The House of Wisdom, a Lynnwood nonprofit that aims to assist mostly first-generation, immigrant and refugee students at Edmonds College, recently extended its support to high school students.
The organization partners with Connect Casino Road to provide tutoring services in Lynnwood and Everett, and it helps guide students through college enrollment, understanding college resources and ultimately pursuing higher education and careers.
The House of Wisdom serves all high schools in South Snohomish County, including Edmonds-Woodway, Meadowdale, Mountlake Terrace and Lynnwood. The nonprofit was relocated to Edmonds College Gateway Hall, Room 201, in September 2023.
House of Wisdom Founder and President Ahmad Hilal Abid originally served 20 immigrant and refugee students from his parents’ garage in Lynnwood in the early months of the COVID-19 pandemic. Since then, he and the organization have helped more than 100 students in South Snohomish County, assisted by more than 30 Edmonds College student volunteers.
In addition to one-on-one tutoring services, House of Wisdom offers students community engagement events, such as soccer matches, and help with finding immediate and better employment opportunities. The nonprofit’s name refers to the late 8th century library in Baghdad during the Islamic Golden Age, built by Caliph Haroun Al-Rasheed. It once held translated works from Ancient Greece and the Roman Empire before the library was pillaged and destroyed by the Mongols in 1258. Almost no physical evidence of the original building remains, and some scholars debate its historic function.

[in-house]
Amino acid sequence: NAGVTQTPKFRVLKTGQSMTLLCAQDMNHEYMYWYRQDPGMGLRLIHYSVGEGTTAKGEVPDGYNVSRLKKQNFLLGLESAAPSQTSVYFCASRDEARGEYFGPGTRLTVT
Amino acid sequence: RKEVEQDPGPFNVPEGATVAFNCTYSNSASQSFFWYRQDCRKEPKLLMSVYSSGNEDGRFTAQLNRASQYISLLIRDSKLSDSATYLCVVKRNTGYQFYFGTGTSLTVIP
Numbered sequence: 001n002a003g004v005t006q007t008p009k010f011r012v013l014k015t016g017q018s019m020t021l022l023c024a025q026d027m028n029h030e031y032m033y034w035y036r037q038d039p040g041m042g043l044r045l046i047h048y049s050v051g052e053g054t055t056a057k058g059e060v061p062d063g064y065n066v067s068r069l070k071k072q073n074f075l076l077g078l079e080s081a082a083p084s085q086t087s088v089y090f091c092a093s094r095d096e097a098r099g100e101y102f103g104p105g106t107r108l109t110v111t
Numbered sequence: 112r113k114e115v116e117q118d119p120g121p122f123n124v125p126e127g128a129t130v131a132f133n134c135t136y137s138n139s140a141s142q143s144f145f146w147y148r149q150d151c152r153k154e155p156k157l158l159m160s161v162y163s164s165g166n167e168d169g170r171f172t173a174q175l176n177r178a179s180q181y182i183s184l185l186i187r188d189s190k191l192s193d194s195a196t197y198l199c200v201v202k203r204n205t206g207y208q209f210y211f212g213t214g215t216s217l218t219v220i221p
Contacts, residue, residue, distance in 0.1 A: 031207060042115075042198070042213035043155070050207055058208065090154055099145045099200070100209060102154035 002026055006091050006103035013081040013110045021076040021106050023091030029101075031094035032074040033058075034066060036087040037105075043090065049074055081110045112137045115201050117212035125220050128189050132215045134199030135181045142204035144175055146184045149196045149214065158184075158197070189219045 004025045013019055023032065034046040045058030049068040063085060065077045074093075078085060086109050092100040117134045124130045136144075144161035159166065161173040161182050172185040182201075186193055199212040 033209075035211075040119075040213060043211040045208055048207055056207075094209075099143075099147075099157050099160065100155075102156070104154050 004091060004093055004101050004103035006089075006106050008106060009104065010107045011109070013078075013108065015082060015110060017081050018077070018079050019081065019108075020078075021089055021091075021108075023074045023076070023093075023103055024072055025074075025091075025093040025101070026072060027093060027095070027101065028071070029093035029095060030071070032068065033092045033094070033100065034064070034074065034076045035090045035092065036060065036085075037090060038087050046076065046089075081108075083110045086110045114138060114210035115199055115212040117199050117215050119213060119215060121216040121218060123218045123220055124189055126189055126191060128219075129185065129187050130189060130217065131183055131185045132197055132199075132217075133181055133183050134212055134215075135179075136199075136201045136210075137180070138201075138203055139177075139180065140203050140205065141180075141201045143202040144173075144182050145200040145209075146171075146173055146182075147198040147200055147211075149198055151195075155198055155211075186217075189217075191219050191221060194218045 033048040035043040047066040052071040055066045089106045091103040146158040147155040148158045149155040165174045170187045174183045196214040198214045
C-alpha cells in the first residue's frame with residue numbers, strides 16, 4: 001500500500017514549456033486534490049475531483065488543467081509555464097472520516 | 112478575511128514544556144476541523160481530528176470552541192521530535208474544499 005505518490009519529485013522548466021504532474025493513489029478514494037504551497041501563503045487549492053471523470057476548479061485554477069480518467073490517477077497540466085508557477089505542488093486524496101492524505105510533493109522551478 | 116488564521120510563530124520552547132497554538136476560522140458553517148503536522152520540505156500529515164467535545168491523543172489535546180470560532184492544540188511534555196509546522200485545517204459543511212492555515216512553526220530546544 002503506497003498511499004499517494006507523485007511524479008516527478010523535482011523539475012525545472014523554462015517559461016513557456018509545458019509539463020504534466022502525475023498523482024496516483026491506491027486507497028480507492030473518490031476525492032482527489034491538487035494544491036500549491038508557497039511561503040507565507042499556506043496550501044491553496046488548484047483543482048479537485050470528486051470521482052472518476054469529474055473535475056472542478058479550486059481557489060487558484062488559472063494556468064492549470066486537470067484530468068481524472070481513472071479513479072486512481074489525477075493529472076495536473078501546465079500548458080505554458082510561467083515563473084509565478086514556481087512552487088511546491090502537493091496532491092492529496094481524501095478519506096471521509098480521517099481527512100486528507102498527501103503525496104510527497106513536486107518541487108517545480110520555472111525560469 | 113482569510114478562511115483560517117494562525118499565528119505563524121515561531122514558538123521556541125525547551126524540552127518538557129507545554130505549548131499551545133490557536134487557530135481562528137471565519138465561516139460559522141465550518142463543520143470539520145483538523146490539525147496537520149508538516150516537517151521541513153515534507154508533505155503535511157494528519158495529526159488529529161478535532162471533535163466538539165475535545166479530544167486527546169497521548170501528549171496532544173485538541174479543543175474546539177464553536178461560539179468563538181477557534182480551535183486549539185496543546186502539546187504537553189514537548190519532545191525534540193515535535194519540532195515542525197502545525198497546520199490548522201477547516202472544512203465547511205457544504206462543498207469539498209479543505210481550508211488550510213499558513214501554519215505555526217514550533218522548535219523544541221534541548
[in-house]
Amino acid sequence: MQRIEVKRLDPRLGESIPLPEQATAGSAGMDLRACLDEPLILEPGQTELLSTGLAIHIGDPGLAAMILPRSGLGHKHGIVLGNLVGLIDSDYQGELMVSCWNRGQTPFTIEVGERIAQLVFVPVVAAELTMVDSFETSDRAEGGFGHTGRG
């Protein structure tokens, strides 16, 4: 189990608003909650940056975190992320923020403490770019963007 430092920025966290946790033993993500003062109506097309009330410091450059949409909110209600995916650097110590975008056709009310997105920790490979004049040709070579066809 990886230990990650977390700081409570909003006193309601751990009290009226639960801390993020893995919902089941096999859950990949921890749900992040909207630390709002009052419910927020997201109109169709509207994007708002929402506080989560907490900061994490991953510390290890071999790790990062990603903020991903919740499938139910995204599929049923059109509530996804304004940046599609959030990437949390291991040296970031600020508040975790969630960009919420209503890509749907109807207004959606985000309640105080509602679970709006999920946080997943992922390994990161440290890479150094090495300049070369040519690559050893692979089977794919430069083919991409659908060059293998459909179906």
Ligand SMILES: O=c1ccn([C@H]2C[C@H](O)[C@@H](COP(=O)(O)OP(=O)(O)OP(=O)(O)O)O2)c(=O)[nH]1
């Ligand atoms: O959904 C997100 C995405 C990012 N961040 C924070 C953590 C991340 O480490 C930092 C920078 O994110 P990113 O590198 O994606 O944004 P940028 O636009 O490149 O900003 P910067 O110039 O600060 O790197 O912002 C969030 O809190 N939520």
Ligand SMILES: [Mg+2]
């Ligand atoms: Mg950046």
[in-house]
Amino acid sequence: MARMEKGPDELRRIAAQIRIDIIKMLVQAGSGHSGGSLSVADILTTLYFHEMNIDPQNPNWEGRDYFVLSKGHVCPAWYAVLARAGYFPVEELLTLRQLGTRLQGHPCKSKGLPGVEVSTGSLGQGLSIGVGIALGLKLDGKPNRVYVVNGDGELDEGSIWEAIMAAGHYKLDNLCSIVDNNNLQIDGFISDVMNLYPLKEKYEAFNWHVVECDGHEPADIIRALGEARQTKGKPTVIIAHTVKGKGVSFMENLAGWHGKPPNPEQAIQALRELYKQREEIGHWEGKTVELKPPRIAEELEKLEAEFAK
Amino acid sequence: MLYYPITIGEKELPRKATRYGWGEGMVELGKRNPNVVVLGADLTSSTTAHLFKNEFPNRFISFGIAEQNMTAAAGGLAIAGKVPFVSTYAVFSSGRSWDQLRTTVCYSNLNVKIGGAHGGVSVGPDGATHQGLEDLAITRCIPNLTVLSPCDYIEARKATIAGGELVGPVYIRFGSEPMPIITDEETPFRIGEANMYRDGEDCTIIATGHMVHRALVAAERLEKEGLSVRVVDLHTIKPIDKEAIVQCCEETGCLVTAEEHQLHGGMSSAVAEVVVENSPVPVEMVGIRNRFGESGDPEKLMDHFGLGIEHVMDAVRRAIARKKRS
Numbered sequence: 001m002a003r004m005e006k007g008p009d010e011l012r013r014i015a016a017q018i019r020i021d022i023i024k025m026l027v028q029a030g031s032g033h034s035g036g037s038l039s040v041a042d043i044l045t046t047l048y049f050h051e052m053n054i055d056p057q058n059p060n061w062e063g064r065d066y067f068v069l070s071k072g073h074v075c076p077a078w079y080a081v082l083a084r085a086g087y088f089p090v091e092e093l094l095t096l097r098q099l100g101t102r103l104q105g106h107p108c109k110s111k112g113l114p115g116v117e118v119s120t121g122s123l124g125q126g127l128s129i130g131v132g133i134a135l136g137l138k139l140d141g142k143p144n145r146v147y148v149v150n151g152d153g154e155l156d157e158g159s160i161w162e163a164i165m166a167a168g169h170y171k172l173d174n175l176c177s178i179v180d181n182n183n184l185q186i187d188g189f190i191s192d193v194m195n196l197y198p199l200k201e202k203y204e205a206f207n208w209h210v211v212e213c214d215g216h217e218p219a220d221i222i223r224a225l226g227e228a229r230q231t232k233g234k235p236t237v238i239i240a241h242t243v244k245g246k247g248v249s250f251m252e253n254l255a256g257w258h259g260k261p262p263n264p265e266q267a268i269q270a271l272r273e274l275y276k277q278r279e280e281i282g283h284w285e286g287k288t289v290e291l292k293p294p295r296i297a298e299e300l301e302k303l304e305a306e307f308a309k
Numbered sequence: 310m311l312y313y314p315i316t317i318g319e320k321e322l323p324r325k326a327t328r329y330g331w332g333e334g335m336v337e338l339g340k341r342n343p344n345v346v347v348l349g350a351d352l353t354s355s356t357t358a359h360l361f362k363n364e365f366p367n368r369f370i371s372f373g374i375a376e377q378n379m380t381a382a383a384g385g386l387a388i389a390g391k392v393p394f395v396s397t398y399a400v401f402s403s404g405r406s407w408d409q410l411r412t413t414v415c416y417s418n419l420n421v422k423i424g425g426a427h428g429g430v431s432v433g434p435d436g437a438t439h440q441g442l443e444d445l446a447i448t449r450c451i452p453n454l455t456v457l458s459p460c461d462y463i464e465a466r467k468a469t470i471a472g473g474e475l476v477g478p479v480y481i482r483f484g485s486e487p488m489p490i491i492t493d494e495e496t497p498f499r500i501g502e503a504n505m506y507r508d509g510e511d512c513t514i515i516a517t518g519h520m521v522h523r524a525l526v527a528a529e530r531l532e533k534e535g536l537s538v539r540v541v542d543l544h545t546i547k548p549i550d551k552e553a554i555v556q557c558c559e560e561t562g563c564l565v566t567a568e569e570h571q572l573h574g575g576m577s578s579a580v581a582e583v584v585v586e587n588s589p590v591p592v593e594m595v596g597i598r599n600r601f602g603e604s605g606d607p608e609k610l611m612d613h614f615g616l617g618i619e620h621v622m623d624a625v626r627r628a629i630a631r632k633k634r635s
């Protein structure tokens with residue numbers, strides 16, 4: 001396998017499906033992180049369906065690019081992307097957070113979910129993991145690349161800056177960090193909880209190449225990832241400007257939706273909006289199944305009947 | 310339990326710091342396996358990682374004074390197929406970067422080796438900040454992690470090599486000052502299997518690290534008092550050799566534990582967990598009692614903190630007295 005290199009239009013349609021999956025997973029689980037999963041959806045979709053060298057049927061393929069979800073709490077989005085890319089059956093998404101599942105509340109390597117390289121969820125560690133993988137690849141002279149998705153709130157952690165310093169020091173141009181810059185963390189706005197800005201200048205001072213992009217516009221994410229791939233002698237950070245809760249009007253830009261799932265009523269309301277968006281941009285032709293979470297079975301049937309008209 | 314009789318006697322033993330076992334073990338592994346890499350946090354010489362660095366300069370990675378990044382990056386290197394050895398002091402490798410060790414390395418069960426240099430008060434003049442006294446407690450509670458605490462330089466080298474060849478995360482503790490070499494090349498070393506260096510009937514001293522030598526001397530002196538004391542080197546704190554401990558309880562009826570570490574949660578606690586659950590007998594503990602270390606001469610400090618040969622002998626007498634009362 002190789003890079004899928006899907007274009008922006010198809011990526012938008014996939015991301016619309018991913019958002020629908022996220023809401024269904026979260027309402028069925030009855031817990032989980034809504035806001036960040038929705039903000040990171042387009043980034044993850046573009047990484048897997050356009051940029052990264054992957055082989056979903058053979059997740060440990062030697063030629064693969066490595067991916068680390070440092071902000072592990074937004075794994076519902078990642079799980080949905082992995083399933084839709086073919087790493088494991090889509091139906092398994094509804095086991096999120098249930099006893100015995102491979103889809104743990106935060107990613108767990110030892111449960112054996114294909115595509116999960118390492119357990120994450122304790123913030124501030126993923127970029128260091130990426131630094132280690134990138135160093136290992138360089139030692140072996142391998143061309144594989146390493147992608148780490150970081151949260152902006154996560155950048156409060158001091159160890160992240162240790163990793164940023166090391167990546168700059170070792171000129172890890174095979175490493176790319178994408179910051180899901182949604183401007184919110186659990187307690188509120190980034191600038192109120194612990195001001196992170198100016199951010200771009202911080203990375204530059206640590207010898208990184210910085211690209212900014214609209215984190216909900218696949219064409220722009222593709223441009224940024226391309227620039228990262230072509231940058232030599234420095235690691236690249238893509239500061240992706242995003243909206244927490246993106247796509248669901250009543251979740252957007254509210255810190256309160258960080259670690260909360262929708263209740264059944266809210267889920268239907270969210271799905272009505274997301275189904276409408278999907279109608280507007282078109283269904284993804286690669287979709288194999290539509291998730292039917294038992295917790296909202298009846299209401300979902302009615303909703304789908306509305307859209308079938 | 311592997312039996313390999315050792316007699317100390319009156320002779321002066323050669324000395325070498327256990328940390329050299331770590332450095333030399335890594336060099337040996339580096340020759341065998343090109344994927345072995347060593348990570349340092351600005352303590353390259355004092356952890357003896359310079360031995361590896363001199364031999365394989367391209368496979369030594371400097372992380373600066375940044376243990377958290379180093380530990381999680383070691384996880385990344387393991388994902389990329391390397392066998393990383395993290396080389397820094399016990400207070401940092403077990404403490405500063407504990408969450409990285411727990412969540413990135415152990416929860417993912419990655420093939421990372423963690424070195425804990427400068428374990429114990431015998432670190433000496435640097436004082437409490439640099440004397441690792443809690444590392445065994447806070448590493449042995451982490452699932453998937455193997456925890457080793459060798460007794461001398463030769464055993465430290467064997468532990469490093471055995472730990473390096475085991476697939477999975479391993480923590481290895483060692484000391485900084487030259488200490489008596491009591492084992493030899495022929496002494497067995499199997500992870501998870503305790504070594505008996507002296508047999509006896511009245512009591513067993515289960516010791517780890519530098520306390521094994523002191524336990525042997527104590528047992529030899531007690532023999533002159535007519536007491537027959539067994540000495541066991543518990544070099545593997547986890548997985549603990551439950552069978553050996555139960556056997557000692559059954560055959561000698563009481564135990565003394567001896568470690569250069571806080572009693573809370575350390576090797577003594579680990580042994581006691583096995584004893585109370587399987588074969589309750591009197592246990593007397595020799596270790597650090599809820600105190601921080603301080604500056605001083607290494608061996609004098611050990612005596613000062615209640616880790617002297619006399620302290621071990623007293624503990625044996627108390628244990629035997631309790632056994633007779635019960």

“The parents of these immigrants approached me to see if I can help their kids with their math and English,” Abid said, reflecting on the early days of teaching. “I didn’t really have a community where someone can help me with my own language with my assignments. I had to learn English as well. I saw myself in the students so that’s why I stepped up and helped.”
In 2018, Abid immigrated at age 17 to Lynnwood from Kabul, Afghanistan, with the help of relatives who were already living in the city. He understood and spoke almost no English, but he was already fluent in Farsi, Pashto and Hindi (the latter he learned from watching a lot of Indian films). In less than two years, he became fluent in English while attending Edmonds College, earning an associate of arts degree and a paralegal degree.
In April 2023, Abid earned official recognition from 21st District State Sen. Marko Liias, who introduced a resolution that honored Abid. It was officially adopted by legislators on March 4.
“Our vision is very clear and inclusive, so that we have been able to progress in such a small amount of time,” Abid said.
Edmonds College President Amit Singh said that having House of Wisdom on campus allows Abid and other volunteers to expand their impactful work while enriching the college community.
“Here, students are creating bonds and networks to help them succeed in their education and beyond,” he said. “Our shared mission of teaching, learning and community forms the foundation for this impactful partnership.”
Abid is now studying political science at the University of Washington, aspiring to earn a law degree and pursue a legal career. He said that the path to what he had created was not easy, and he hopes that other immigrants like him would have the resources that he did not have.
“I basically have lost everything, coming to a new country, a new culture, adopt into a new system,” Abid said. “I basically have worked day and night to learn English, and it’s still a new language to me and a challenge everyday. I have to do it. One of the things about my life is helping and serving others. I had this commitment when I was at the school where I was volunteering back in Afghanistan, helping underprivileged and minority students.”
— By Nick Ng